• I got charged with DUI and blew a .16. The officer told me that’s twice the legal limit. Is there any hope I can win my case?

     

    Yes, for three main reasons.

     

    • There is no “legal limit” in South Carolina. What the law actually says is that if you blow .08 or more in a DUI case, the jury may use that evidence to find you guilty. Here’s what’s important: they don’t have to. If we truly had a legal limit, the jury would have no choice. In fact, there would be no need for one. You’d be convicted right after the test. But that’s just not how it works.
    • The breath result is only one piece of evidence. A jury considers whether all the evidence proves you guilty beyond a reasonable doubt—a really high standard. The rest may point to an acquittal.
    • The machine doesn’t test for the ultimate fact DUI cases are about: impairment. Cases can be won at trial with your reading because the evidence didn’t support impairment beyond a reasonable doubt. An experienced DUI defense lawyer knows how to point out how your conduct and driving does not support a conviction—and find defenses you don’t know about, as shown in our free report on these cases.

    A DUI Charge Does Not Mean Conviction

    Even if you got charged with DUAC, your case is not open and shut. The jury can find you guilty based on the reading, but you get to present evidence contesting what (if anything) that reading means.

    If you’ve been charged with DUI or DUAC and are already asking these questions, you’re headed in the right direction. If you truly felt this was a battle not worth fighting, you wouldn’t be reading this. Download or request our free report on DUI/DUAC cases revealing defenses you might not even know about. Call us at 864.582.0416 or toll-free at 888.230.1841 for a free meeting to talk about how we might help you win your case.

     

  • I have a pending divorce. I hear a lot about people hiring private investigators. Is this something I should consider?

    Maybe. Each case in the family court is different with different circumstances. There are many times when hiring a private investigator can have a significant impact on the outcome.

    However, a private investigator can be expensive. Sometimes a private investigator can capture some bad behavior by the other party. But if that bad behavior doesn’t help your case, what is the point? You have just spent money without strengthening your case.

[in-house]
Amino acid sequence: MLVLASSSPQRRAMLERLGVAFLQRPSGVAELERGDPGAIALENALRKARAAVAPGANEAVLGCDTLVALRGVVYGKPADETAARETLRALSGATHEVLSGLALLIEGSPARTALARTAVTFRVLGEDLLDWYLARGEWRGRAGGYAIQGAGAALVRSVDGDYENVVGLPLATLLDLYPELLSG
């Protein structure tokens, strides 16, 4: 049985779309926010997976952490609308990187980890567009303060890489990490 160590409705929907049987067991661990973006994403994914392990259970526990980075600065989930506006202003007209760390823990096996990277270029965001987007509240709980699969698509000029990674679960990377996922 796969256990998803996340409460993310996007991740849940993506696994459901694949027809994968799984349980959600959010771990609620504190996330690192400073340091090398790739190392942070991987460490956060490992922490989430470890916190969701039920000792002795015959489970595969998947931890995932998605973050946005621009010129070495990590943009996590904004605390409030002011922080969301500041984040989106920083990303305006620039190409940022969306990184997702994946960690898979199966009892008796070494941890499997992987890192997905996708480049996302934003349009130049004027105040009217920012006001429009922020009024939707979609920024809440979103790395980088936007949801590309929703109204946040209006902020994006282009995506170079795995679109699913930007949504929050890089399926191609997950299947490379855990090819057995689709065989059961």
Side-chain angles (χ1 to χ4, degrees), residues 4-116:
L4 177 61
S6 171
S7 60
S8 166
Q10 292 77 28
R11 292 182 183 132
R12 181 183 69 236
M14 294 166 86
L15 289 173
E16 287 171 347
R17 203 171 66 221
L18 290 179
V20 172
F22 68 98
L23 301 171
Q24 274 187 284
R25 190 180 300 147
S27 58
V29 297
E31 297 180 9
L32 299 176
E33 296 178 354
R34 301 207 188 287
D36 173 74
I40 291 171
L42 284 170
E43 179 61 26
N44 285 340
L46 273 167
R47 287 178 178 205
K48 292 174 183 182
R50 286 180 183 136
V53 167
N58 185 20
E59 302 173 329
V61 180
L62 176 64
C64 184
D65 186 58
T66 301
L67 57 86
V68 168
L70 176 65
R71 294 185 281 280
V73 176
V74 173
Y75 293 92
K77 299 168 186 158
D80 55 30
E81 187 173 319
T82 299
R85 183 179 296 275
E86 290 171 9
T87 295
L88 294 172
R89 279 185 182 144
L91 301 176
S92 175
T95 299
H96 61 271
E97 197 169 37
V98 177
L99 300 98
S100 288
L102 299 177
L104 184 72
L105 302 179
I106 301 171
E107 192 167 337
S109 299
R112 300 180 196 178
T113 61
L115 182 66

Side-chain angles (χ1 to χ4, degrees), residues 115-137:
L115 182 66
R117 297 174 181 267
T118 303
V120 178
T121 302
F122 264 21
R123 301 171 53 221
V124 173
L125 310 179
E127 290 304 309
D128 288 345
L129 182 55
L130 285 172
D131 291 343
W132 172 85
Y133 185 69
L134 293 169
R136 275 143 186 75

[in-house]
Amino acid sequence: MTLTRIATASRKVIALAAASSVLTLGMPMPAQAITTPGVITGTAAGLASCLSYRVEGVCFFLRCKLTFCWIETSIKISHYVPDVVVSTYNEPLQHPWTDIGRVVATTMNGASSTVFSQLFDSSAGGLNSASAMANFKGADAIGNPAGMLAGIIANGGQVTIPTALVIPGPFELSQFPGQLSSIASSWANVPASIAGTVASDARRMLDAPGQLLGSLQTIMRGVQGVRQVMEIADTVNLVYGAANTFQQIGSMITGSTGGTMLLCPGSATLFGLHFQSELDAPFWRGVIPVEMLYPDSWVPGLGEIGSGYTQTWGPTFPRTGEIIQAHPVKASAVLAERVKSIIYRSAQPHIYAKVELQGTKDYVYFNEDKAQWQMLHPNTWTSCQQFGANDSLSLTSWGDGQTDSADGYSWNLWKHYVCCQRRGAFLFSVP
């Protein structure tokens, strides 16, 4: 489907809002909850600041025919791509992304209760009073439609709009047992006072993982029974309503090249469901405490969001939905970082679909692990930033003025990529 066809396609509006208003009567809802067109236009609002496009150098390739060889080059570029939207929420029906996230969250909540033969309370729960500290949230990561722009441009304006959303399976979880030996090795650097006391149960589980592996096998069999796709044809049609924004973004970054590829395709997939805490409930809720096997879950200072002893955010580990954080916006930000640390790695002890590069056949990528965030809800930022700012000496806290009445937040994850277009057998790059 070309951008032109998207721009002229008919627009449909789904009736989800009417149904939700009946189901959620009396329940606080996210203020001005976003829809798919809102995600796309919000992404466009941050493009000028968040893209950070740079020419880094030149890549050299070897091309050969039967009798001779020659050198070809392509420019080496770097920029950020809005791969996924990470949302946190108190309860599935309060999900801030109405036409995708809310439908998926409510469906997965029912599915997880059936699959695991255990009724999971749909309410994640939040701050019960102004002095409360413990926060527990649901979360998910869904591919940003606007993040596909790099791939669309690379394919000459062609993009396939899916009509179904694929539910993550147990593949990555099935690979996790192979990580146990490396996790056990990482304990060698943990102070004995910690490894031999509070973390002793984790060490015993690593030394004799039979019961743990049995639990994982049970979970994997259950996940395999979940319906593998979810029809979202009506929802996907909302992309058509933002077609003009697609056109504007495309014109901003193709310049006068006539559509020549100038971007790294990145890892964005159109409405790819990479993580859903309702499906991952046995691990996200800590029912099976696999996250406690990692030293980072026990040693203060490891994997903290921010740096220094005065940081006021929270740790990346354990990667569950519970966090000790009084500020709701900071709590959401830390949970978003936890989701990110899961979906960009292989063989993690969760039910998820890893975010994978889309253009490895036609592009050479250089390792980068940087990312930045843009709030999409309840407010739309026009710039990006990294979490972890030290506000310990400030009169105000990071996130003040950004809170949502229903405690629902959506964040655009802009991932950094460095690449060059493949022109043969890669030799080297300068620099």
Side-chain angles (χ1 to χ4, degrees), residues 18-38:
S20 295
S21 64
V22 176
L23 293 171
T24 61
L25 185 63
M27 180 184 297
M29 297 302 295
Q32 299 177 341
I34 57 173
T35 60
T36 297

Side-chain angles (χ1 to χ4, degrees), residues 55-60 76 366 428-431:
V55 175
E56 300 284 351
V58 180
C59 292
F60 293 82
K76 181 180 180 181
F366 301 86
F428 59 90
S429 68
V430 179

Two Areas Where an Investigator May Be Useful

    Let’s look at two areas where some of our clients have gained an advantage in the past by hiring investigators:

    Custody Cases

    A private investigator can prove one parent is living a party lifestyle, such as coming and going at all hours of the night, alcohol abuse, and drug abuse. This kind of behavior could certainly have an impact on a custody case. Or you may suspect that the other parent is exposing your children to a person who should not be around them. A private investigator may be able to prove how often your kids are in the company of this bad influence. All of these things could have an impact on a custody case.

    Adultery

    Adultery is one of the fault grounds South Carolina allows by which a person can get a divorce. Being able to achieve a fault ground divorce may allow you to get through the process faster. Fault ground divorces can be obtained after 90 days, while no-fault divorces take much longer. However, in practice we find that fault-based divorces often take longer than 90 days, because the spouses need a longer period to resolve the issues between them.

    One of the primary reasons people hire private investigators to look for evidence of adultery, is that adultery almost always bars the adulterer from receiving alimony. If you have alimony exposure, it is well worth it to prove adultery. Paying a private investigator several thousand dollars could save you tens—if not hundreds of thousands—of dollars over a lifetime.

    While these are some of the most common reasons people hire private investigators, there are others, such as for uncovering financial evidence. Perhaps you believe your spouse is wasting marital money at a casino. Maybe your spouse claims he can’t work, so he can’t pay as much support as you need; a private investigator may reveal that not only can he work, he is working and simply not reporting the income.

    For many reasons a private investigator may be helpful. But just as you exercise great care when you choose your lawyer, so too it’s important to be selective in hiring a private investigator. You should not be penny-wise and pound-foolish. You don’t want to try to save a thousand dollars by hiring a cut-rate private investigator, only to later find he can’t get the job done, and you’re left to pay alimony.

    If you are going through a divorce and need to discuss it with an attorney, please do not hesitate to contact the lawyers at Holland & Usry, P.A. at 864.582.0416 or toll-free at 888.230.1841 for your confidential consultation.

     

  • My father died from injuries in an accident after weeks in the hospital. Can anyone be held accountable for his suffering before he died?

    Yes, if someone can be proven legally liable for causing the accident leading to his death. South Carolina law allows a victim’s estate to recover for his conscious pain and suffering in a claim called a “survival action.”

    A victim need not be fully awake and alert to communicate conscious pain and suffering. But to prove the claim fully, you’ll need a sharp, experienced, and hardworking lawyer who knows how to probe medical records for clinical evidence of suffering, as well as interview witnesses who can attest to it, then present the evidence in a meaningful way to convince the insurance company or a jury to properly compensate the estate.

    As a family member, you also have rights to recover in a claim usually brought at the same time as a survival action, called a wrongful death case